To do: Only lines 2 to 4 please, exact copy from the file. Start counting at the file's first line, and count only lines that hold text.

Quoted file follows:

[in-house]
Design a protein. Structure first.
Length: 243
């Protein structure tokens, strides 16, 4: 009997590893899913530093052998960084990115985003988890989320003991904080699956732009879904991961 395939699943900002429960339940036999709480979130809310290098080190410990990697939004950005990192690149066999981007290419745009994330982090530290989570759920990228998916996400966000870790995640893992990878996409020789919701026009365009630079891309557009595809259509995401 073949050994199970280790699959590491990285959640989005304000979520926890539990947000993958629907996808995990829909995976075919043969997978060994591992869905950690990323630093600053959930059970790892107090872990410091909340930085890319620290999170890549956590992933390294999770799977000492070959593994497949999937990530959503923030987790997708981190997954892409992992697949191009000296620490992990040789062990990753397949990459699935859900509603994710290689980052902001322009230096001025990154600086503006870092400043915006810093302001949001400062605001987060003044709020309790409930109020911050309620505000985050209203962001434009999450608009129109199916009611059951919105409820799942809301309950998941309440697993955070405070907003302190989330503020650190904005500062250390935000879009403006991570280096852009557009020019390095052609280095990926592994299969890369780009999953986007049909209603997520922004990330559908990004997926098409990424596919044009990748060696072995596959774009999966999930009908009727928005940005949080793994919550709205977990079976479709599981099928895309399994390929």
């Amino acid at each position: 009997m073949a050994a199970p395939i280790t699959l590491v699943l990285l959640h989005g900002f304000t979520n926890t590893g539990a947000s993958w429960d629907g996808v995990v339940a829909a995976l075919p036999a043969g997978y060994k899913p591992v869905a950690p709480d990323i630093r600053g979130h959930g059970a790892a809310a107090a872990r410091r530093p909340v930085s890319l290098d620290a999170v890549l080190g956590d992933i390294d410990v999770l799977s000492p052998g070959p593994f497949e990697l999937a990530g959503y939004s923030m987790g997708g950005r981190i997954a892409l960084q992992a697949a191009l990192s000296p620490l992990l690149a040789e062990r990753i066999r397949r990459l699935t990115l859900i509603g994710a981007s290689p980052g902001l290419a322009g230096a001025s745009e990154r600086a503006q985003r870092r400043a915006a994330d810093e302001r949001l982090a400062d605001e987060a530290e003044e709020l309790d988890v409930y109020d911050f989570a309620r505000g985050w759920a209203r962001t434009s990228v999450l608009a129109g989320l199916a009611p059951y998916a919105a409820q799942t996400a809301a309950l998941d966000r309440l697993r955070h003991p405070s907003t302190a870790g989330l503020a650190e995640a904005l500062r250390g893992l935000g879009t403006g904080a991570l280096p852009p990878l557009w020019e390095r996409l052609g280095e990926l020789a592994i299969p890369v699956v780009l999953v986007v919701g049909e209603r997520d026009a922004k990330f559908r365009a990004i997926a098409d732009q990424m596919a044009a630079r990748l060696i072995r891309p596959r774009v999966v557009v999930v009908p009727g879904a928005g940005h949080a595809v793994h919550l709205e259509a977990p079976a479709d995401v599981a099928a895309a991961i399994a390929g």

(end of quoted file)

Design a protein. Structure first.
Length: 243
């Protein structure tokens, strides 16, 4: 009997590893899913530093052998960084990115985003988890989320003991904080699956732009879904991961 395939699943900002429960339940036999709480979130809310290098080190410990990697939004950005990192690149066999981007290419745009994330982090530290989570759920990228998916996400966000870790995640893992990878996409020789919701026009365009630079891309557009595809259509995401 073949050994199970280790699959590491990285959640989005304000979520926890539990947000993958629907996808995990829909995976075919043969997978060994591992869905950690990323630093600053959930059970790892107090872990410091909340930085890319620290999170890549956590992933390294999770799977000492070959593994497949999937990530959503923030987790997708981190997954892409992992697949191009000296620490992990040789062990990753397949990459699935859900509603994710290689980052902001322009230096001025990154600086503006870092400043915006810093302001949001400062605001987060003044709020309790409930109020911050309620505000985050209203962001434009999450608009129109199916009611059951919105409820799942809301309950998941309440697993955070405070907003302190989330503020650190904005500062250390935000879009403006991570280096852009557009020019390095052609280095990926592994299969890369780009999953986007049909209603997520922004990330559908990004997926098409990424596919044009990748060696072995596959774009999966999930009908009727928005940005949080793994919550709205977990079976479709599981099928895309399994390929």